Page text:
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Research & Development

Research

Dr Carton’s research to date through his PhD and postdoctoral studies has focused on three key technical areas of research in regenerative fuel cells that use advanced functional materials:

  1. Low cost anode & cathode bi-functional electro-catalyst synthesis and characterisation
  2. Support material / flow plate optimisation and characterisation
  3. Electro-catalyst and support fabrication method optimisation

Dr Carton’s team have successfully replaced bulky, heavy machined flow plates in fuel cells and electrolysers with a thin porous foam material, incorporating all the requirements of traditional flow plates and gas diffusion layers in one preformed layer. This low cost metallic foam material, with its large surface area and open structure allow better gas transport in each cell of the stack, allowing for the elimination and redesign of many incumbent structures of conventional cells. This material facilitates a continuous “roll to roll” manufacturing methodology that will leverage existing polymer and rolled manufacturing approaches, which presently accounts for about 30% of the manufacturing cost of existing approaches.

Application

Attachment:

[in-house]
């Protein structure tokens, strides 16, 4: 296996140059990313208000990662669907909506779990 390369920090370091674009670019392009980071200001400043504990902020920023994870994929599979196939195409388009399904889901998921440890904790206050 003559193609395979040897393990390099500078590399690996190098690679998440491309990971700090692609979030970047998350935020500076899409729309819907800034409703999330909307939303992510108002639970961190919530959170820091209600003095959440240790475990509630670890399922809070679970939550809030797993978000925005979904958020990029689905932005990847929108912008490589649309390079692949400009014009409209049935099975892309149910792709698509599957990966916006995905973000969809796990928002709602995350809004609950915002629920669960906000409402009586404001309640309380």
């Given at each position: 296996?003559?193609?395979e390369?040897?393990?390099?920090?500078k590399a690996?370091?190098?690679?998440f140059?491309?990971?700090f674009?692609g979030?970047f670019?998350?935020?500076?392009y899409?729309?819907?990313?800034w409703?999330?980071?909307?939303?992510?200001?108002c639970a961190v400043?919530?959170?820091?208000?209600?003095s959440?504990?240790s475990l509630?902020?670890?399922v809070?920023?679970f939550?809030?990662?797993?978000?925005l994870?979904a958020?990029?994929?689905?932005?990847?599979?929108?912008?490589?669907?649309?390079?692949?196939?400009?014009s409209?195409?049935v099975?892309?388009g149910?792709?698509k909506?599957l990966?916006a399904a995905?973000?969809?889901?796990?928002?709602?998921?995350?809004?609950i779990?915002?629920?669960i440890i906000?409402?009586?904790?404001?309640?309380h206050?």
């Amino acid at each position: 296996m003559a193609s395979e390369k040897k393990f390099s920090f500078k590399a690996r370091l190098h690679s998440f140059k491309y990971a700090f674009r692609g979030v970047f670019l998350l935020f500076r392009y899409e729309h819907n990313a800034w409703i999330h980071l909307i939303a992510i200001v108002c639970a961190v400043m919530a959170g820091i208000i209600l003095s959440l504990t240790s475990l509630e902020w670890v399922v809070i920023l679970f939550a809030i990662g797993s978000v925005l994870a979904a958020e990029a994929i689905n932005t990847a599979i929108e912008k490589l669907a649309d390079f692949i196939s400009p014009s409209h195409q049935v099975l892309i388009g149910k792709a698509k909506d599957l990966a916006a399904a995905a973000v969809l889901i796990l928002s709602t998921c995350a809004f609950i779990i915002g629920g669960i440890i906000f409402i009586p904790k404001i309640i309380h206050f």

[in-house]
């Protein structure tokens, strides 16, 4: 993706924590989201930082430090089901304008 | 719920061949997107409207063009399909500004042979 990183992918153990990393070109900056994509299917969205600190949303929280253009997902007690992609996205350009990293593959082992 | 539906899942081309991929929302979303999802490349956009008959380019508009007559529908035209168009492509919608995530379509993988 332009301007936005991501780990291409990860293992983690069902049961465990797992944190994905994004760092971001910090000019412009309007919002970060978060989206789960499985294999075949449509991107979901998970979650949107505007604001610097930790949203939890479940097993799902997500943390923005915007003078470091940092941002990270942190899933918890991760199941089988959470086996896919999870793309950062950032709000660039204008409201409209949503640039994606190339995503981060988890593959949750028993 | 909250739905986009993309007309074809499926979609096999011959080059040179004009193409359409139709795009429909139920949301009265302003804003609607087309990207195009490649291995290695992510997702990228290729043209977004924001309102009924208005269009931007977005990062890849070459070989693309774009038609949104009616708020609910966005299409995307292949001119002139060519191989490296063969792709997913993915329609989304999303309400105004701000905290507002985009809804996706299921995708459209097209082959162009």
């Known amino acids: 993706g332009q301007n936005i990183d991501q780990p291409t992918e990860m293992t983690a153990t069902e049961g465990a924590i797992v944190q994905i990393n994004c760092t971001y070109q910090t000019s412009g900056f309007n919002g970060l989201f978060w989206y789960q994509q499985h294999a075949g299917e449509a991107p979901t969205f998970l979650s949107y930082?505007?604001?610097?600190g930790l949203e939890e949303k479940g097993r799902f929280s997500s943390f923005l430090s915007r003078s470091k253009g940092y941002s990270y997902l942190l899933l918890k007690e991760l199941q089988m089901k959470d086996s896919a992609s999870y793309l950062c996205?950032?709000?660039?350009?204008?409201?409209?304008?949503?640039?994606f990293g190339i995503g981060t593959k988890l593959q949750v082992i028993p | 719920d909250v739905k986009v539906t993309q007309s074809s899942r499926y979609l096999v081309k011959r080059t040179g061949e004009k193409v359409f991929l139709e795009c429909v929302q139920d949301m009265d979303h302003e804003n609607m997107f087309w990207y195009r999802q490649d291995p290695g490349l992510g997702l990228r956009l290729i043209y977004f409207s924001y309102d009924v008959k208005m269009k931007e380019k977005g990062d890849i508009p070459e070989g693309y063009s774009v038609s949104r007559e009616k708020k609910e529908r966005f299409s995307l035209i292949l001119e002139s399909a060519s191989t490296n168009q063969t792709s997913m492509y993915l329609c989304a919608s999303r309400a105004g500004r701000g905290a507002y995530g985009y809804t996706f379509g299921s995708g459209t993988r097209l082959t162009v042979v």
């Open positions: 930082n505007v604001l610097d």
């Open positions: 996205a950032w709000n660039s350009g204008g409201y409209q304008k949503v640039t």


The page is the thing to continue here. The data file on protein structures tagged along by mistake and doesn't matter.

Climate Change: Engineering is evolving and sustainability has become the forefront of technology development, manufacturing processes, and innovative design, to help combat Climate Change. Further policy developments and application of new more efficient cleaner technology such as renewable solar and wind energy sources must be promoted.

Energy Storage: Hydrogen gas (H2) has excellent characteristics as an industrial chemical, as an energy carrier and as an energy store. In particular, Water Electrolysis using excess (renewable) electricity (Power-to-Gas) is a viable solution for conversion and storage of excess electrical energy for later use. H2 has value as a standalone chemical, can be directly injected to the gas grid and is a precursor in processes to produce bio-methane from BioWaste or directly from CO2.

Fuel Cells: This is a technology that in less than 50 years the next generation will take for granted. Fuel cells are energy conversion devices that produce electricity, electrochemically, from a catalytic aided reaction of a fuel with air. Fuel cells offer a promising alternative to traditional power sources, achieving power generation with high efficiency and low environmental impact, suitable for electric transport and energy storage applications.